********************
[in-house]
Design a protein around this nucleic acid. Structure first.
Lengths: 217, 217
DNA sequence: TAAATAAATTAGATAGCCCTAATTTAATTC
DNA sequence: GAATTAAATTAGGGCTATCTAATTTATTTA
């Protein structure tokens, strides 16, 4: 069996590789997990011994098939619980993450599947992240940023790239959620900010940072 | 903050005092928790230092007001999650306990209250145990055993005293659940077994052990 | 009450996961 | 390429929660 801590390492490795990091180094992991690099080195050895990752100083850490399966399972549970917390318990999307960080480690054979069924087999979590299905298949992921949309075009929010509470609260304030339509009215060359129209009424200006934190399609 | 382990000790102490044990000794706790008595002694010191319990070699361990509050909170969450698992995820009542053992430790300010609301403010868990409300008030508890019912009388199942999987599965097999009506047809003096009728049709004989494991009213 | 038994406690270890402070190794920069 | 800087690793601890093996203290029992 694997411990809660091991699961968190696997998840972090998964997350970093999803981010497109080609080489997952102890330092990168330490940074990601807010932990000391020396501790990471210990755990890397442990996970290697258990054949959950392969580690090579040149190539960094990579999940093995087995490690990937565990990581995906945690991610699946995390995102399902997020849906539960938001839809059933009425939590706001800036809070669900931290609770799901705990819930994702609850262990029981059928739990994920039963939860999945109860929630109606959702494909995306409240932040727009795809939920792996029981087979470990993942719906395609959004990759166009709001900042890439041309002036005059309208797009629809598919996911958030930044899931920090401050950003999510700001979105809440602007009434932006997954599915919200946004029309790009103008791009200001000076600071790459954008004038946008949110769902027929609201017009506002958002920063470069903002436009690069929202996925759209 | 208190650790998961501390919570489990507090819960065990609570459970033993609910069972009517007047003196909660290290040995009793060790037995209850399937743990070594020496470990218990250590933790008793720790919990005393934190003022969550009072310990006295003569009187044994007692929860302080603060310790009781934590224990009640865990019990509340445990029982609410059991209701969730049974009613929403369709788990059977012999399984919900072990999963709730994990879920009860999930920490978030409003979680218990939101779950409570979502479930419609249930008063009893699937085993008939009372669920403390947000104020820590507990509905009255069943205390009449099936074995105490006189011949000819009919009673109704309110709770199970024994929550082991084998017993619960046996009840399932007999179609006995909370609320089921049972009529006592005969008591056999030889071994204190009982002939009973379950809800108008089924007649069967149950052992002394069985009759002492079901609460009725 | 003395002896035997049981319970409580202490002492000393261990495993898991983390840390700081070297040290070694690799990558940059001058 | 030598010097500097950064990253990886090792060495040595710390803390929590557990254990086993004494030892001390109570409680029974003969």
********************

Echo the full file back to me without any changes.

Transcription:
[in-house]
Design a protein around this nucleic acid. Structure first.
Lengths: 217, 217
DNA sequence: TAAATAAATTAGATAGCCCTAATTTAATTC
DNA sequence: GAATTAAATTAGGGCTATCTAATTTATTTA
């Protein structure tokens, strides 16, 4: 069996590789997990011994098939619980993450599947992240940023790239959620900010940072 | 903050005092928790230092007001999650306990209250145990055993005293659940077994052990 | 009450996961 | 390429929660 801590390492490795990091180094992991690099080195050895990752100083850490399966399972549970917390318990999307960080480690054979069924087999979590299905298949992921949309075009929010509470609260304030339509009215060359129209009424200006934190399609 | 382990000790102490044990000794706790008595002694010191319990070699361990509050909170969450698992995820009542053992430790300010609301403010868990409300008030508890019912009388199942999987599965097999009506047809003096009728049709004989494991009213 | 038994406690270890402070190794920069 | 800087690793601890093996203290029992 694997411990809660091991699961968190696997998840972090998964997350970093999803981010497109080609080489997952102890330092990168330490940074990601807010932990000391020396501790990471210990755990890397442990996970290697258990054949959950392969580690090579040149190539960094990579999940093995087995490690990937565990990581995906945690991610699946995390995102399902997020849906539960938001839809059933009425939590706001800036809070669900931290609770799901705990819930994702609850262990029981059928739990994920039963939860999945109860929630109606959702494909995306409240932040727009795809939920792996029981087979470990993942719906395609959004990759166009709001900042890439041309002036005059309208797009629809598919996911958030930044899931920090401050950003999510700001979105809440602007009434932006997954599915919200946004029309790009103008791009200001000076600071790459954008004038946008949110769902027929609201017009506002958002920063470069903002436009690069929202996925759209 | 208190650790998961501390919570489990507090819960065990609570459970033993609910069972009517007047003196909660290290040995009793060790037995209850399937743990070594020496470990218990250590933790008793720790919990005393934190003022969550009072310990006295003569009187044994007692929860302080603060310790009781934590224990009640865990019990509340445990029982609410059991209701969730049974009613929403369709788990059977012999399984919900072990999963709730994990879920009860999930920490978030409003979680218990939101779950409570979502479930419609249930008063009893699937085993008939009372669920403390947000104020820590507990509905009255069943205390009449099936074995105490006189011949000819009919009673109704309110709770199970024994929550082991084998017993619960046996009840399932007999179609006995909370609320089921049972009529006592005969008591056999030889071994204190009982002939009973379950809800108008089924007649069967149950052992002394069985009759002492079901609460009725 | 003395002896035997049981319970409580202490002492000393261990495993898991983390840390700081070297040290070694690799990558940059001058 | 030598010097500097950064990253990886090792060495040595710390803390929590557990254990086993004494030892001390109570409680029974003969």